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Irene Jansen

Gardam, Gitterman and Reason. HAIs: new initiatives and continuing challenges. Healthca... - 0 views

  • need for local solutions, engagement and empowerment of those who are deeply connected to the problem
    • Irene Jansen
      hard to do when services are contracted-out (team is fragmented, workers have less job security and power, worse training, working conditions and oversight)
  • public reporting in Ontario has helped improvement processes by drawing much broader attention to the issues at hand and by enabling facilities at the higher end of the infection spectrum to realize that they might have a bigger problem than they thought.
  • caveats. Because public reporting data rarely control for known factors that influence infection rates, with the exception of hospital type and size, it is very difficult to meaningfully compare infection rates between facilities; yet the public and the media do exactly that.
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  • process measures such as hand hygiene can be quite problematic as public accountability measures because current auditing processes can introduce substantial biases into rates, making it appear that hand hygiene compliance is excellent when it may not be (Muller and Detsky 2010).
    • Irene Jansen
      NS has started its public reporting with hand compliance. I wonder if their auditing processes have this flaw.
  • hand hygiene compliance measurement involving human auditors is both costly and subject to substantial bias
  • there are some examples of settings where these individuals are becoming more involved (Bittle and LaMarche 2009)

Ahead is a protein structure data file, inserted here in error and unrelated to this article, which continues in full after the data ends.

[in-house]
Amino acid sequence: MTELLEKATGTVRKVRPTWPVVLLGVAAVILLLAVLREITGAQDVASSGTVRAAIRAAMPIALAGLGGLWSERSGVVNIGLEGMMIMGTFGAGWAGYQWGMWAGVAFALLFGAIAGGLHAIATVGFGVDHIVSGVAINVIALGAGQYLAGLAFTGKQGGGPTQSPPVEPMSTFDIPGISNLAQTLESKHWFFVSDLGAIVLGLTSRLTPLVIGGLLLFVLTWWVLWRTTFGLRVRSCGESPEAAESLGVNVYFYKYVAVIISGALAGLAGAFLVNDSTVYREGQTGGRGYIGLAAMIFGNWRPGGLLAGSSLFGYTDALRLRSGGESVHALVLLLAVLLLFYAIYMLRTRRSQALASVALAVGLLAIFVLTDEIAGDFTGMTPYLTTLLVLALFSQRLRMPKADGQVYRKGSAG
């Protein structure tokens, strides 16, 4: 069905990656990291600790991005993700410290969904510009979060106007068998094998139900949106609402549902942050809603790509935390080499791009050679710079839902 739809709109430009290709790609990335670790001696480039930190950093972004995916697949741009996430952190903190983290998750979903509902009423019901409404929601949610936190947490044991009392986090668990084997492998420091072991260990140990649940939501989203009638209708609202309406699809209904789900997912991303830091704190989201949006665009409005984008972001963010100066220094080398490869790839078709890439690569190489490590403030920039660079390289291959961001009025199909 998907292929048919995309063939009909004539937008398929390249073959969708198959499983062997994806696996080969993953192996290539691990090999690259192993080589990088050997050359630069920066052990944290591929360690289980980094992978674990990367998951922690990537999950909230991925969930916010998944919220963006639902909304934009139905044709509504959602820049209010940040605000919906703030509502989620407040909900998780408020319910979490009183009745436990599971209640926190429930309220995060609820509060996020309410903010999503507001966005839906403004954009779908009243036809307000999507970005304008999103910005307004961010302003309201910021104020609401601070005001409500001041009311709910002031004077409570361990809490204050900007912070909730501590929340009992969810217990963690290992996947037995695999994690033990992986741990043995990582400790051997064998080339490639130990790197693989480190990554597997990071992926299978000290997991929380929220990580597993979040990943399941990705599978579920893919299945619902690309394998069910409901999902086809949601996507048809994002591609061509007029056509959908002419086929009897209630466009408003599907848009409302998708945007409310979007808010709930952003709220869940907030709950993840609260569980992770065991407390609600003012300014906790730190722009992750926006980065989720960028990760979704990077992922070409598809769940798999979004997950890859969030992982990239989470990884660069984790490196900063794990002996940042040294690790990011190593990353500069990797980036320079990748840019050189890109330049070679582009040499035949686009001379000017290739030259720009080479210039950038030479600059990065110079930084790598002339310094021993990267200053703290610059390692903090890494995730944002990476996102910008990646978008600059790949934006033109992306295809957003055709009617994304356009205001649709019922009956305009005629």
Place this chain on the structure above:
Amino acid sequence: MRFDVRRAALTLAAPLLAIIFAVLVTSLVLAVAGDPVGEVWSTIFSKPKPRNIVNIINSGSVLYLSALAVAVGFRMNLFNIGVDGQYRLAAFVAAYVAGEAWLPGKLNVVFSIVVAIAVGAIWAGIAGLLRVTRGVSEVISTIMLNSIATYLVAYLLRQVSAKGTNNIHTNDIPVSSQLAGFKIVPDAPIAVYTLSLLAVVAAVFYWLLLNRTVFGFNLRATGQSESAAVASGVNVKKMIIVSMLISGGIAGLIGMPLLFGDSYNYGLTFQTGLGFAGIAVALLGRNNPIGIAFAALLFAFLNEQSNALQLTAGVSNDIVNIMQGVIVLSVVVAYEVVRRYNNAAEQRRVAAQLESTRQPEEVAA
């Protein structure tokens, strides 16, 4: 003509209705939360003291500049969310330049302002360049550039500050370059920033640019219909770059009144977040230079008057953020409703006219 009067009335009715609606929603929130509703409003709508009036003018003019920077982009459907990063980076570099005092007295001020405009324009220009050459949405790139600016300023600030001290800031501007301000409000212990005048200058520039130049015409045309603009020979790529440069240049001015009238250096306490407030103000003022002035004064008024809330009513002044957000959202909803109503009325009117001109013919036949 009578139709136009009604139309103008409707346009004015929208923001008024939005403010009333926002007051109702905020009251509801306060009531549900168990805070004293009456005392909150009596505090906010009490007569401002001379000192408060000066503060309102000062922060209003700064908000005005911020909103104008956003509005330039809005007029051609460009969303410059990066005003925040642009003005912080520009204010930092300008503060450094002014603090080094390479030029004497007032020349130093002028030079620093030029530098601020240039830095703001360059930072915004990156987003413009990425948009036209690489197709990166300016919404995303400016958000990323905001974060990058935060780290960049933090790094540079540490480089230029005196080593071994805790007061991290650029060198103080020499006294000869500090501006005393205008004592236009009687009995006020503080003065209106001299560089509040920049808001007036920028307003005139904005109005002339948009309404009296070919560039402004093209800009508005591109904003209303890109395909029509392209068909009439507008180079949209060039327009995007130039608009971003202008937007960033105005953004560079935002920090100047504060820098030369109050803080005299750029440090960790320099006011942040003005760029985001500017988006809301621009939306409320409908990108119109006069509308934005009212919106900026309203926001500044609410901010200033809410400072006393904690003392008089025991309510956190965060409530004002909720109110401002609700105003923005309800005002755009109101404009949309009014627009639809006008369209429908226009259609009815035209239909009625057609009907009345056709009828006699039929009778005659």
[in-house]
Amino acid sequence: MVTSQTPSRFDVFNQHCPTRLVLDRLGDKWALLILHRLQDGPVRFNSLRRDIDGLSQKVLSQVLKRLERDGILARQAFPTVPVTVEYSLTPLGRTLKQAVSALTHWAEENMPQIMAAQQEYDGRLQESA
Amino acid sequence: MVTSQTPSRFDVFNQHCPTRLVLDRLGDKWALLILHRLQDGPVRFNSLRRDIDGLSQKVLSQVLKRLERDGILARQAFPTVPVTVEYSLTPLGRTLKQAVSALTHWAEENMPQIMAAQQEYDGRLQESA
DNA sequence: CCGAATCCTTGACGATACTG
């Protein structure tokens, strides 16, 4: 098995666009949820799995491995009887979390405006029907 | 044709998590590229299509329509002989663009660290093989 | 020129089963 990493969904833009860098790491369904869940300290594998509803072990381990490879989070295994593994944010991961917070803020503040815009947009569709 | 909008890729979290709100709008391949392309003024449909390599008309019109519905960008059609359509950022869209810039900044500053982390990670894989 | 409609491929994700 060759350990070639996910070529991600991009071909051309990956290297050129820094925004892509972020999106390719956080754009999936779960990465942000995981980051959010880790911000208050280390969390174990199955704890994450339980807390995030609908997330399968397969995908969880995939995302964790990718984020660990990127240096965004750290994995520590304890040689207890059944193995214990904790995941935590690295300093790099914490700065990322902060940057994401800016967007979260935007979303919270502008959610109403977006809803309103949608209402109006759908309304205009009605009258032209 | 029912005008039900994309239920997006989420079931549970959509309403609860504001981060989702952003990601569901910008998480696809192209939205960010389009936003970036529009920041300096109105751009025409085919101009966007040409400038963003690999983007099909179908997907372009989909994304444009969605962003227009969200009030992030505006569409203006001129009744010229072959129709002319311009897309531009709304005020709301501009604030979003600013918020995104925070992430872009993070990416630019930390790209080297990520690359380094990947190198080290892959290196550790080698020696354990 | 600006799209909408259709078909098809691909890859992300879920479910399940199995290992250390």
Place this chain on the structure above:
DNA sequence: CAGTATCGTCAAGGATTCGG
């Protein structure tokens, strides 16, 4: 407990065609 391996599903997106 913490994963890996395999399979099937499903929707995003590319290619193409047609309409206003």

• Despite considerable, robust evidence that healthcare design has a large role to play in preventing the spread of communicable agents, Canada has been slow to adopt single-patient room design standards that have been accepted in other countries such as the United States (American Institute of Architects 2006).
  • having roommates is a very potent risk factor for acquiring a communicable organism (Hamel et al. 2010)
  • single-patient rooms have been shown to have multiple other patient safety and comfort benefits that ultimately result in decreased lengths of stay and better outcomes (Ulrich et al. 2008)
  • the upfront capital costs are rapidly recouped over the lifetime of the facility (Ulrich et al. 2008)
  • the Canadian Standards Association has recently released new guidelines that support the use of single-patient rooms (Canadian Standards Association 2011)
  • Reason, P., L. Rykert, B. Zimmerman, L. Gitterman, J. Christian, N. Crowcroft et al. 2012. "Decreasing Healthcare-Associated Infections through Enabling the Front-Line." Manuscript in Preparation.
  • Marra, A., L. Guastelli, C. de Araujo, J. Santos, L. Lamblet, M. Silva et al. 2010. "Positive Deviance: A New Strategy for Improving Hand Hygiene Compliance." Infection Control and Hospital Epidemiology 31(1): 12–20.
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